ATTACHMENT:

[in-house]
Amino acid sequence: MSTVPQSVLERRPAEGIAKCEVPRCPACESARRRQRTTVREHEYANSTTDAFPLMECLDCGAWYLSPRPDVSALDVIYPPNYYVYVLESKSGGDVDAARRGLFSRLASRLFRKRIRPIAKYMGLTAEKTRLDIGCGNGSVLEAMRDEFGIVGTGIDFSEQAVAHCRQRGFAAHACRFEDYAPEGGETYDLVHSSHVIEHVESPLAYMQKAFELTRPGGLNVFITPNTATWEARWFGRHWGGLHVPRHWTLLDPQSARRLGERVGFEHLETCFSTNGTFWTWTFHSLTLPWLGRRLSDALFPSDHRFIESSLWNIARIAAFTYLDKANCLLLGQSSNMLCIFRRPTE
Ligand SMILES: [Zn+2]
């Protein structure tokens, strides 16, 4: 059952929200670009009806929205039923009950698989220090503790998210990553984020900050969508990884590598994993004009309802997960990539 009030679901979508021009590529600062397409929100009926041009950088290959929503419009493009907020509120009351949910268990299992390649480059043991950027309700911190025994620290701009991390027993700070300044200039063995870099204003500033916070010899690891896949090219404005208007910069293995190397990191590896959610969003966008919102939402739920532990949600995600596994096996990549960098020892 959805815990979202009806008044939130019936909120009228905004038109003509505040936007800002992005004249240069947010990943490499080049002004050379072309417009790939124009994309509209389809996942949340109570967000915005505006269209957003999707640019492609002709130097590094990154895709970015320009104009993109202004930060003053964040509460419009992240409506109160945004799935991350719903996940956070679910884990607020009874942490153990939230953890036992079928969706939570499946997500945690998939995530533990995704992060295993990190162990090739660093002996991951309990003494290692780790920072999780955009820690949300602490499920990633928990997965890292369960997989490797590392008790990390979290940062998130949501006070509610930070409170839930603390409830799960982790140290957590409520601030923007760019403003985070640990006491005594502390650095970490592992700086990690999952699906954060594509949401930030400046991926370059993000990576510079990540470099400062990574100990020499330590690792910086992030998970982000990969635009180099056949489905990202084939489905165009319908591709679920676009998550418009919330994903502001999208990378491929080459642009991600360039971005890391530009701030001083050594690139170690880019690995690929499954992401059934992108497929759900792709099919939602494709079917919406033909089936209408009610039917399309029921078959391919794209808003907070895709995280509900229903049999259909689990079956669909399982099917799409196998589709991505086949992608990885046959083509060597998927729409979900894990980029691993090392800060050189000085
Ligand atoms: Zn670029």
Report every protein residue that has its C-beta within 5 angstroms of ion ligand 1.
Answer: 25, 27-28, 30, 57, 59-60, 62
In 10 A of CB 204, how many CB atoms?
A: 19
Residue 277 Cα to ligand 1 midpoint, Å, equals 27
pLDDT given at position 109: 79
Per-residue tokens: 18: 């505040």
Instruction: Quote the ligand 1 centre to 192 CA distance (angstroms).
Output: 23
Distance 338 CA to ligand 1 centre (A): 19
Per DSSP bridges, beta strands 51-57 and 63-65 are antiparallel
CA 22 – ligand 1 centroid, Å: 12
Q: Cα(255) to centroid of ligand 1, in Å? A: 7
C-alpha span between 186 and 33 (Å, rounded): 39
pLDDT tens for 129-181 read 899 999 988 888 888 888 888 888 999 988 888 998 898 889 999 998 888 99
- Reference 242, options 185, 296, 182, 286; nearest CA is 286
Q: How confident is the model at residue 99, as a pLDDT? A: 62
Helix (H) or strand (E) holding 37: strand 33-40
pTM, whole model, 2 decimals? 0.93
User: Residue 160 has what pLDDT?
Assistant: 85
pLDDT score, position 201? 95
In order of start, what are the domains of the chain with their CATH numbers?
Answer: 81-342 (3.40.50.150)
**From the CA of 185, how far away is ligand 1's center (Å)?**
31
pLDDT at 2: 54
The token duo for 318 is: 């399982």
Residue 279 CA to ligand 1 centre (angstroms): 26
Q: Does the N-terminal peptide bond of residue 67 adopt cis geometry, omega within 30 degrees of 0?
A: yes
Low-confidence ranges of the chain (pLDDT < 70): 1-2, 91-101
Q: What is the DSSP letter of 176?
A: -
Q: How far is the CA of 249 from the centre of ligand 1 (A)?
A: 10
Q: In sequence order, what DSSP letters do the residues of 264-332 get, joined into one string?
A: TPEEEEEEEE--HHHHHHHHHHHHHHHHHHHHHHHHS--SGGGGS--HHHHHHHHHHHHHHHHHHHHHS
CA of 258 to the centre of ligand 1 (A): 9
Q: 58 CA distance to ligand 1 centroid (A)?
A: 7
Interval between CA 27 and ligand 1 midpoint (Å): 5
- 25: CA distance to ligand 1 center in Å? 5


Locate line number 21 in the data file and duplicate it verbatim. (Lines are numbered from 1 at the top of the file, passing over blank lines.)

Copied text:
- Reference 242, options 185, 296, 182, 286; nearest CA is 286